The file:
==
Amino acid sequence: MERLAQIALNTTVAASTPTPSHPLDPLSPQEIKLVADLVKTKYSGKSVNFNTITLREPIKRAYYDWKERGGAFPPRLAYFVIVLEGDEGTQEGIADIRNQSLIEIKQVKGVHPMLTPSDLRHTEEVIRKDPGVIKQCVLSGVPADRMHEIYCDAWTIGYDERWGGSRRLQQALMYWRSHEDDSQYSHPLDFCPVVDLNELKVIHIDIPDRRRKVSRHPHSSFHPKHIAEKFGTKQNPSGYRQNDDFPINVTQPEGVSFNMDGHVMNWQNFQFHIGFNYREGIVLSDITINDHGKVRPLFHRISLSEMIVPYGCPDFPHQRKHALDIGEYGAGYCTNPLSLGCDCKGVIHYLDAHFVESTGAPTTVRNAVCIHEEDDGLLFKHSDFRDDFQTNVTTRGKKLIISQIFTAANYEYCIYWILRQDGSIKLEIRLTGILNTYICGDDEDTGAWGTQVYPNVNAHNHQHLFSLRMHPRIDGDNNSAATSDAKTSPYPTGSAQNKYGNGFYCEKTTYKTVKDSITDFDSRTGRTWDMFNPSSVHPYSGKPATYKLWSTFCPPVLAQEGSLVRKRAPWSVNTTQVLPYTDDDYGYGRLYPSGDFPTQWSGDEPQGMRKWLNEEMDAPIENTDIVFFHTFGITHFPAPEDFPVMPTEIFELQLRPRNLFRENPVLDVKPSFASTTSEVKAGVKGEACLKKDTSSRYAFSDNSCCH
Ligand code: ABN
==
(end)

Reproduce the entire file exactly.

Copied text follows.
Amino acid sequence: MERLAQIALNTTVAASTPTPSHPLDPLSPQEIKLVADLVKTKYSGKSVNFNTITLREPIKRAYYDWKERGGAFPPRLAYFVIVLEGDEGTQEGIADIRNQSLIEIKQVKGVHPMLTPSDLRHTEEVIRKDPGVIKQCVLSGVPADRMHEIYCDAWTIGYDERWGGSRRLQQALMYWRSHEDDSQYSHPLDFCPVVDLNELKVIHIDIPDRRRKVSRHPHSSFHPKHIAEKFGTKQNPSGYRQNDDFPINVTQPEGVSFNMDGHVMNWQNFQFHIGFNYREGIVLSDITINDHGKVRPLFHRISLSEMIVPYGCPDFPHQRKHALDIGEYGAGYCTNPLSLGCDCKGVIHYLDAHFVESTGAPTTVRNAVCIHEEDDGLLFKHSDFRDDFQTNVTTRGKKLIISQIFTAANYEYCIYWILRQDGSIKLEIRLTGILNTYICGDDEDTGAWGTQVYPNVNAHNHQHLFSLRMHPRIDGDNNSAATSDAKTSPYPTGSAQNKYGNGFYCEKTTYKTVKDSITDFDSRTGRTWDMFNPSSVHPYSGKPATYKLWSTFCPPVLAQEGSLVRKRAPWSVNTTQVLPYTDDDYGYGRLYPSGDFPTQWSGDEPQGMRKWLNEEMDAPIENTDIVFFHTFGITHFPAPEDFPVMPTEIFELQLRPRNLFRENPVLDVKPSFASTTSEVKAGVKGEACLKKDTSSRYAFSDNSCCH
Ligand code: ABN